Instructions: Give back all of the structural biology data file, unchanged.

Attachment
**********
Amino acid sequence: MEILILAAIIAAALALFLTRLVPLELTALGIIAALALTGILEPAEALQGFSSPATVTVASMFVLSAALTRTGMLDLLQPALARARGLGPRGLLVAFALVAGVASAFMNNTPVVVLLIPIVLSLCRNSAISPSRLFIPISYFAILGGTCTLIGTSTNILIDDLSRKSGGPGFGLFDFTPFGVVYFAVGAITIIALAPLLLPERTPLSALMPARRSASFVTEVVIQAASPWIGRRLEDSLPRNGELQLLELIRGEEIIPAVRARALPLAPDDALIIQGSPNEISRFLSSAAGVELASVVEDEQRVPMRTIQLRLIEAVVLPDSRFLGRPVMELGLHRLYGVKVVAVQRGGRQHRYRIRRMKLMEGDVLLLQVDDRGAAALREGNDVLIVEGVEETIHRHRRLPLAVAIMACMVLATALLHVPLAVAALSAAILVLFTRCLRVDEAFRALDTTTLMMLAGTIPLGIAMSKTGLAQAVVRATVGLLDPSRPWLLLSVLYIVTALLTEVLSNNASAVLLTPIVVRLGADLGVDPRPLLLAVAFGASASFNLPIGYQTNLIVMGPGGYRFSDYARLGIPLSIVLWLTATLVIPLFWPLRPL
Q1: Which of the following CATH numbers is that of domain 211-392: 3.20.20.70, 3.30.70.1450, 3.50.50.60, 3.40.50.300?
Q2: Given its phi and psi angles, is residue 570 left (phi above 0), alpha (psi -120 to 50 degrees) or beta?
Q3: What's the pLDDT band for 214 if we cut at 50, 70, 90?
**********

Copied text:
Amino acid sequence: MEILILAAIIAAALALFLTRLVPLELTALGIIAALALTGILEPAEALQGFSSPATVTVASMFVLSAALTRTGMLDLLQPALARARGLGPRGLLVAFALVAGVASAFMNNTPVVVLLIPIVLSLCRNSAISPSRLFIPISYFAILGGTCTLIGTSTNILIDDLSRKSGGPGFGLFDFTPFGVVYFAVGAITIIALAPLLLPERTPLSALMPARRSASFVTEVVIQAASPWIGRRLEDSLPRNGELQLLELIRGEEIIPAVRARALPLAPDDALIIQGSPNEISRFLSSAAGVELASVVEDEQRVPMRTIQLRLIEAVVLPDSRFLGRPVMELGLHRLYGVKVVAVQRGGRQHRYRIRRMKLMEGDVLLLQVDDRGAAALREGNDVLIVEGVEETIHRHRRLPLAVAIMACMVLATALLHVPLAVAALSAAILVLFTRCLRVDEAFRALDTTTLMMLAGTIPLGIAMSKTGLAQAVVRATVGLLDPSRPWLLLSVLYIVTALLTEVLSNNASAVLLTPIVVRLGADLGVDPRPLLLAVAFGASASFNLPIGYQTNLIVMGPGGYRFSDYARLGIPLSIVLWLTATLVIPLFWPLRPL
Q1: Which of the following CATH numbers is that of domain 211-392: 3.20.20.70, 3.30.70.1450, 3.50.50.60, 3.40.50.300?
Q2: Given its phi and psi angles, is residue 570 left (phi above 0), alpha (psi -120 to 50 degrees) or beta?
Q3: What's the pLDDT band for 214 if we cut at 50, 70, 90?